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If we teach students to see racism as an idea that's expressed through behaviors, institutions and cultures rather than an immutable character trait, we free them to see things more accurately and with more openness to change, argues Cyndi Kernahan. For white students and most white people generally, that is something to fear: being revealed as a racist.
But if we teach white students to see racism for what it is -- an idea that can be expressed through behaviors, institutions and cultures -- we free them and ourselves to see things more accurately and with more openness to change. Ibram X. This simple definition belies a powerful way of thinking about a complex problem, allowing us to fold multiple types of racism into a single understanding. It might be a racist idea that the speaker implicitly holds, but it is still an idea that is being expressed and one that will have consequences.
Scaling up and out, we can see how racist ideas are built into the rules and policies and culture we create, ensuring that white people are elevated and that other racial groups are deemed inferior or even un-American. To expand this notion to our larger culture, consider how we think about attractiveness and beauty. Because our ideas about what good masculinity and femininity entail match up better with racist ideas and stereotypes about black men strong, virile and Asian women submissive, passive than with black women strong, angry and Asian men submissive, quiet.
Here, racist ideas are being expressed through the choices of millions of people to create the disparities we see. Teaching racism as an idea -- rather than as something essential about a person or even as a set of attitudes that a person carries -- has a of advantages. First, it is more accurate.
For a of years, I have taught about racism as both individual how we individually treat other people and institutional how our policies differentially advantage white people over other races. This is not wrong, but the notion of racism as an idea is more elegant and allows for a tighter fit to the kinds of racism students are likely to see and learn about. It provides a simple, understandable principle that can then be applied to the different levels of racism: individual, institutional and cultural.
For example, why do some banks have policies that prescribe subprime loans for mostly black and brown neighborhoods while saving the good loans for white ones, often regardless of income? Redlining, of course. This well-documented policy initiated in the s by the Federal Housing Administration was based on the racist idea that black people are more dangerous and less creditworthy. Just as with the individual casually racist remark and cultural racist ideas about what is attractive examples I gave earlier, that is how a racist idea is expressed through a set of policies.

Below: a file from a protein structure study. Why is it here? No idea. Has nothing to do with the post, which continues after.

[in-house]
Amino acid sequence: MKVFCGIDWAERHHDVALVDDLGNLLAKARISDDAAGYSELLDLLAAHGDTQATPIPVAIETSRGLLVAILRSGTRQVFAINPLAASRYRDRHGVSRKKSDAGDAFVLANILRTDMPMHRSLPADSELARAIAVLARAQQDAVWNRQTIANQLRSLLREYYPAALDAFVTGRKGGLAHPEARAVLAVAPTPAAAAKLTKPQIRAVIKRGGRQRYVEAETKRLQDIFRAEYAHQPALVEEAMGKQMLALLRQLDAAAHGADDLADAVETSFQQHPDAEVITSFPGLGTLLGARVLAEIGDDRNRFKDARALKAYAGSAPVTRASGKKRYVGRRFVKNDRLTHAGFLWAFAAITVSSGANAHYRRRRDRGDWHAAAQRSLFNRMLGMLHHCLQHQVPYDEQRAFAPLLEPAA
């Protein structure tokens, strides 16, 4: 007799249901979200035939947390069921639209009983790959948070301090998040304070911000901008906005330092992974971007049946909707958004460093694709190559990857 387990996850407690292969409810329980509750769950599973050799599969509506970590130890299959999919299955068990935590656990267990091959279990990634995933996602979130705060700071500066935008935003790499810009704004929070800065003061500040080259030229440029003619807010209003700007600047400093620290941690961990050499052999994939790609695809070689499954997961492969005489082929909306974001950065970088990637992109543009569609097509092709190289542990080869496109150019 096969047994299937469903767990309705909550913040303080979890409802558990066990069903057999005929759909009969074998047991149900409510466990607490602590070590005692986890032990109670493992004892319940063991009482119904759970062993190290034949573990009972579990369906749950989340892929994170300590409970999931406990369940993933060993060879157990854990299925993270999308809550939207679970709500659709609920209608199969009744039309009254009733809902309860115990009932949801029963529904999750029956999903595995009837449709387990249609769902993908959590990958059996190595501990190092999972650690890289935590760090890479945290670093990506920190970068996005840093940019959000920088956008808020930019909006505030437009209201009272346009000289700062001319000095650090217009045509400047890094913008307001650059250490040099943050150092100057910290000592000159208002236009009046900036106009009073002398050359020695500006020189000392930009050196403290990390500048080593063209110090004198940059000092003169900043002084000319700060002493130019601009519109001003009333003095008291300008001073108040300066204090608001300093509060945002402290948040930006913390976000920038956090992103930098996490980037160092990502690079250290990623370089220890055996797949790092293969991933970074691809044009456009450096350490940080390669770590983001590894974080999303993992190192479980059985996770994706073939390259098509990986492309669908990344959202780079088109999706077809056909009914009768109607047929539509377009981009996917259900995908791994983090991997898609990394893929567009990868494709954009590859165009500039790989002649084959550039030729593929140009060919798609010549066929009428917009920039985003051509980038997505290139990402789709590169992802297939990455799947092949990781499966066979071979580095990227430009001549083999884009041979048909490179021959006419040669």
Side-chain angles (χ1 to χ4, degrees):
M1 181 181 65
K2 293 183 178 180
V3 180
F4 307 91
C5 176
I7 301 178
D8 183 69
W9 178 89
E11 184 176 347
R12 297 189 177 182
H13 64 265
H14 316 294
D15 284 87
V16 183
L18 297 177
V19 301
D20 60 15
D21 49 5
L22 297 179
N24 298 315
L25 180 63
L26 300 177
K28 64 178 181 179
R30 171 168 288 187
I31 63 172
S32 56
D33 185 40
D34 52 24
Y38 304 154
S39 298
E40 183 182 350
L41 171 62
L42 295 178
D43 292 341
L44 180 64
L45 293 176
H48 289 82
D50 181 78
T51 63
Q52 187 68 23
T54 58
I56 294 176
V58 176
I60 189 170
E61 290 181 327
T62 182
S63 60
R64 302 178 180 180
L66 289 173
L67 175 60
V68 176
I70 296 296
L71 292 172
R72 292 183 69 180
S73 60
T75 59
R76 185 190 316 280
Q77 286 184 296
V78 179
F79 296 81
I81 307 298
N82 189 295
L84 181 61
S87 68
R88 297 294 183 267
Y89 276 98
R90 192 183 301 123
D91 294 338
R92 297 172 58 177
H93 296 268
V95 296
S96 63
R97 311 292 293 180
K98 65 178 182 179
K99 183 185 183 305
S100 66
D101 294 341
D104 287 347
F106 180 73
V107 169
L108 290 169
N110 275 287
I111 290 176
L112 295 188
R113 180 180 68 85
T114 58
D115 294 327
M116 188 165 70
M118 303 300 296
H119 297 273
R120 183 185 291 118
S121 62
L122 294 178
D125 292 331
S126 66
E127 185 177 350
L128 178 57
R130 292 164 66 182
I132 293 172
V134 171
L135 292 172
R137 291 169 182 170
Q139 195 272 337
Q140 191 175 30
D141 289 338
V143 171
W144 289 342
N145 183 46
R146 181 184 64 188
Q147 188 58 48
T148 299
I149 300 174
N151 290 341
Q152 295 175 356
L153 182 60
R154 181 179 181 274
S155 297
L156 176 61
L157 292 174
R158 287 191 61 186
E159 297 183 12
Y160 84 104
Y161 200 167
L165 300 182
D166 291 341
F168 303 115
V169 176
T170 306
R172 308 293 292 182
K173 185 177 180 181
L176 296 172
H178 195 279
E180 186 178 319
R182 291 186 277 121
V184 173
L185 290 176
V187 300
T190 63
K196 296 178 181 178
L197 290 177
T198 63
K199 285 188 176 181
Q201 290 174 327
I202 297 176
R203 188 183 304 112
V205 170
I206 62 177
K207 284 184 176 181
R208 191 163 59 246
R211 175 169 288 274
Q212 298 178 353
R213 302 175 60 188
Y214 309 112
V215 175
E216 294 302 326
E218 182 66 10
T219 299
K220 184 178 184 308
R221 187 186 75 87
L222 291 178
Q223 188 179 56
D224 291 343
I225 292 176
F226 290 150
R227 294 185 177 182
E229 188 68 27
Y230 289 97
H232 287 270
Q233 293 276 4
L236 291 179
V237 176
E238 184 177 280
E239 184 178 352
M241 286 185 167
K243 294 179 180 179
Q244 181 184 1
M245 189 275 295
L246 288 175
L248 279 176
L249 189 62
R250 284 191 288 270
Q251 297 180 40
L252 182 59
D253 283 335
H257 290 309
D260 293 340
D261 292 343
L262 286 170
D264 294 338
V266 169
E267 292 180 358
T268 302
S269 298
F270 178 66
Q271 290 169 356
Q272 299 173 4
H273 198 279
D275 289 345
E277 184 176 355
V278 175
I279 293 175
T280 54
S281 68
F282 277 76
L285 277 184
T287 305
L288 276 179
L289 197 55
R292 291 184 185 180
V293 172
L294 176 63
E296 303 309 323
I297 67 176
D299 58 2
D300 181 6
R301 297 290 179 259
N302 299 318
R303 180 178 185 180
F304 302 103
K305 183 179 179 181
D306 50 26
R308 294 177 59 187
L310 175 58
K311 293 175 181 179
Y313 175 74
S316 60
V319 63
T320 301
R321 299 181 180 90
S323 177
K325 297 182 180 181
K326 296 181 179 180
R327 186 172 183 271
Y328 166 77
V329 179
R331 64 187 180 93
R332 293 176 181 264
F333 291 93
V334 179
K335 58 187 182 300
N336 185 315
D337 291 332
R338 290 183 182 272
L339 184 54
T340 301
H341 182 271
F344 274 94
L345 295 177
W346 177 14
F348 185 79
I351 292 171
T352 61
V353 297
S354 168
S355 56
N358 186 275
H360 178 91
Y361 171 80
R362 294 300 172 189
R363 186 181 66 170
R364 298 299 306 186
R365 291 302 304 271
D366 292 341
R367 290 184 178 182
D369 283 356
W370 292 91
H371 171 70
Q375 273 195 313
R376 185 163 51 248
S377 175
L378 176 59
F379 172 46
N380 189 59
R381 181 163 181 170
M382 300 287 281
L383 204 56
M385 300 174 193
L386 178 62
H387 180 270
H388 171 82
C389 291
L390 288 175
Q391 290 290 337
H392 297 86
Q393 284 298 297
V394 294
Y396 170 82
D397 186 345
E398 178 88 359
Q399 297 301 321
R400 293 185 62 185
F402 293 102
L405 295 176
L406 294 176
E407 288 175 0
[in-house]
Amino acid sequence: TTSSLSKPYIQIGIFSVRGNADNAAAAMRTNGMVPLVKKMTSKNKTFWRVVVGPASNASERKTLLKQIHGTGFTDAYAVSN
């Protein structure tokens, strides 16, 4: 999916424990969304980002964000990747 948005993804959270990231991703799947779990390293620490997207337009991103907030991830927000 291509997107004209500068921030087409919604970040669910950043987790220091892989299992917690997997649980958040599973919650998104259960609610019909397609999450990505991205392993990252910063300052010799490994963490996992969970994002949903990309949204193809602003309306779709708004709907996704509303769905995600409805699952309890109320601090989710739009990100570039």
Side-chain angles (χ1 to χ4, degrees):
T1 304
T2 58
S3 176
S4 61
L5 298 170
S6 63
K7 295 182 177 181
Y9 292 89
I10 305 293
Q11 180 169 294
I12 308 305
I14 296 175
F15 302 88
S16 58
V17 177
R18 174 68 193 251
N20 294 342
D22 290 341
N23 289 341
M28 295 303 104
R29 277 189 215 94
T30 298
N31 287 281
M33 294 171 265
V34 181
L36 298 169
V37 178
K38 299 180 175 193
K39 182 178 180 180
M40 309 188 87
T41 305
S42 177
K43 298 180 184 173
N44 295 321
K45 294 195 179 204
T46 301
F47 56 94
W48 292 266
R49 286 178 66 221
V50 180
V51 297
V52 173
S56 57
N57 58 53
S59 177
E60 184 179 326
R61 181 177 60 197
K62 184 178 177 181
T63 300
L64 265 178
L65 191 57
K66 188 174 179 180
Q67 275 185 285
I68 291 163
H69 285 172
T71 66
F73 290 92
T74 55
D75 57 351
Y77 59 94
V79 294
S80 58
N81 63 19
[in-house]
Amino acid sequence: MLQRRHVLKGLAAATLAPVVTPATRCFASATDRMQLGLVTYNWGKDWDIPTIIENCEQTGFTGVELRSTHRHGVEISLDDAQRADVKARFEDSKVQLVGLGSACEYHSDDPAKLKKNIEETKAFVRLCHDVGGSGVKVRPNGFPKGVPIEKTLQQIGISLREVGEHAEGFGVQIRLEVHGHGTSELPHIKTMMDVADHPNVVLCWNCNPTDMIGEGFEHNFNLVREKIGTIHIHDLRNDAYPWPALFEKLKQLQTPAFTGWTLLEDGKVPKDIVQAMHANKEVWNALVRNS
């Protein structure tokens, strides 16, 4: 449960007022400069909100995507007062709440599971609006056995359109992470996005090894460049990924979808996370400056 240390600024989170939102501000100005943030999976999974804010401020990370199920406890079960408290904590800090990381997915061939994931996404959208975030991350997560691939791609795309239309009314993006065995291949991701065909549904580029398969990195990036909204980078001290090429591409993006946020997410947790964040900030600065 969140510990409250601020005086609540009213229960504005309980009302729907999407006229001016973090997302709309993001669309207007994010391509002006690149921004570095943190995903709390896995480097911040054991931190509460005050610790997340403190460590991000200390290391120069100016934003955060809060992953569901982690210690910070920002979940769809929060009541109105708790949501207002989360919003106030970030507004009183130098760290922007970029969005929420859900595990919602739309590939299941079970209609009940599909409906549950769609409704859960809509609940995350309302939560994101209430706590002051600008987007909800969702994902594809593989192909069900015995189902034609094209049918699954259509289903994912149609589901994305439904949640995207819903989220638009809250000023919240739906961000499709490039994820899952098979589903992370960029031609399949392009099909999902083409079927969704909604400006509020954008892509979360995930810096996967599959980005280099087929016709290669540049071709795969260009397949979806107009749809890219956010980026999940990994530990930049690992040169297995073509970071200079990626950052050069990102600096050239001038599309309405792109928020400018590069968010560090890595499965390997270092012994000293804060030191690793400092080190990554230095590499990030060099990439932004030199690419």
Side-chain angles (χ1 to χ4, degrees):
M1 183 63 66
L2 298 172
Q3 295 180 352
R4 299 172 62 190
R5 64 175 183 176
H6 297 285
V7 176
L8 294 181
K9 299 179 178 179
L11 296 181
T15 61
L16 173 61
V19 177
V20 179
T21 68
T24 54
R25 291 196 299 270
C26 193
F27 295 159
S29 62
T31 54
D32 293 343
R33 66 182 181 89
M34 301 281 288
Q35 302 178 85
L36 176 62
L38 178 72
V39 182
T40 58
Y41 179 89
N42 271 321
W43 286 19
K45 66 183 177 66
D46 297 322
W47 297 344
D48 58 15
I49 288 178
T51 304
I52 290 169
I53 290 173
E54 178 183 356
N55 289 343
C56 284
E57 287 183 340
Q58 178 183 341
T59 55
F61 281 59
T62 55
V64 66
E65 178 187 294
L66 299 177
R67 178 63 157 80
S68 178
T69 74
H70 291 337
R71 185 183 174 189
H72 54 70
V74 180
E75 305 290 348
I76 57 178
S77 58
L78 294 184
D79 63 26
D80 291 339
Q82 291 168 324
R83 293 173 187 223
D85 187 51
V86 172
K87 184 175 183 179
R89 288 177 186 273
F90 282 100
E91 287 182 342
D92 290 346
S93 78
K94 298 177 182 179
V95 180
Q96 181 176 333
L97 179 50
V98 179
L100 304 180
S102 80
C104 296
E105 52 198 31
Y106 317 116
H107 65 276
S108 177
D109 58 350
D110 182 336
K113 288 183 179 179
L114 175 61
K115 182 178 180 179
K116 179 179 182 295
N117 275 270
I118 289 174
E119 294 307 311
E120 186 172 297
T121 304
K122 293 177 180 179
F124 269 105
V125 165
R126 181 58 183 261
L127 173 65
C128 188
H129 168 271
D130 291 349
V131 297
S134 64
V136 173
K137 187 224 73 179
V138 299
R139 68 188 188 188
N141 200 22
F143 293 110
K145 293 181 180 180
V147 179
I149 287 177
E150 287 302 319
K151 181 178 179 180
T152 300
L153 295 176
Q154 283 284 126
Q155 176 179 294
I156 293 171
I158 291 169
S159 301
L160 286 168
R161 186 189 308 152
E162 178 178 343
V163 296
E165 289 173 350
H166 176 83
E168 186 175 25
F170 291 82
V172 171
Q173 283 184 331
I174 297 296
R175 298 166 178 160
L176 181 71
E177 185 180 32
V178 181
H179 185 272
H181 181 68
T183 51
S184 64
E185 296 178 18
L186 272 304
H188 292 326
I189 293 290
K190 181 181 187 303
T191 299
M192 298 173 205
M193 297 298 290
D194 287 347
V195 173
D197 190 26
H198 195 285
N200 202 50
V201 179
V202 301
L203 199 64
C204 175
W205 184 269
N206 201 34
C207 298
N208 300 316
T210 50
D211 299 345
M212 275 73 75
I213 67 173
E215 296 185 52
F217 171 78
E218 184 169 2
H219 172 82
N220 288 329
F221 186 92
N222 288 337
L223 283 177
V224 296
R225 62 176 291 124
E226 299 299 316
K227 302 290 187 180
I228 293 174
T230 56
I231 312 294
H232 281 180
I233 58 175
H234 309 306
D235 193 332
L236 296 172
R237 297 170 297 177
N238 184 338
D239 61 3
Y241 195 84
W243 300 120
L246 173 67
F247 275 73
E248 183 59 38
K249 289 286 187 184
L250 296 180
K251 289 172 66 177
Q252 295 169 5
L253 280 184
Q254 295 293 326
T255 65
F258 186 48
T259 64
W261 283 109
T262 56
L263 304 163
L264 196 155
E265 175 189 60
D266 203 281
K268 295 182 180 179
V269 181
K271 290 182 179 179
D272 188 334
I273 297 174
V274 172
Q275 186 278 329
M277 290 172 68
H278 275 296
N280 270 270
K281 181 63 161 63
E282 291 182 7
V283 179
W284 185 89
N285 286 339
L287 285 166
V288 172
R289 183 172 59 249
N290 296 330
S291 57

That is how we get institutional racism. The other major advantage of teaching racism as an idea is that it allows students to learn, grow and change. As Kendi has noted, people can hold a variety of ideas about race all at the same time. We may sometimes express both racist and antiracist sentiments in the same conversation or even the same sentence. I have heard such contradictory statements from students many times.
She had never seen any black people who wanted to live Lets hang out black men only her town, so she assumed that black folks did not like that way of life and were more suited to the city. Obviously, a lot was missing from her analysis, namely the racist ideas that have informed housing and land ownership policies and practices. But labeling her as a racist would not necessarily be helpful or fully accurate.
At the moment she made those comments, she was expressing both an antiracist ideal and a racist assumption. Viewing racism as an idea that informed her socialization and her thinking is easier to talk about and unpack in a classroom than is labeling her or even her attitudes as racist. The former is something that has influenced her, something that is malleable based on learning, whereas the latter is more fixed and unchanging.
In any class on any topic, it is useful for students to have a growth mind-set. If these students see themselves, and if we view them, as fixed in their attitudes -- as inherently racist -- they will not learn how to see racism for what it is: a noxious idea that diminishes us all. Instead, those students will focus intently on not being seen as racist. They will be quiet and disengaged for fear of learning that they may indeed harbor racist ideas or, worse yet, that they will be revealed as racist to us and to their classmates.
Thus, to help our students gain a more accurate understanding of racism, we would do well to focus on racism as an idea rather than as a trait or personality characteristic. Expand comments Hide comments. View the discussion thread.
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By Cyndi Kernahan. October 31, Rethinking How We Teach Teaching racism as an idea -- rather than as something essential about a person or even as a set of attitudes that a person carries -- has a of advantages. by Cyndi Kernahan. Inside Higher Ed Careers Hiring?
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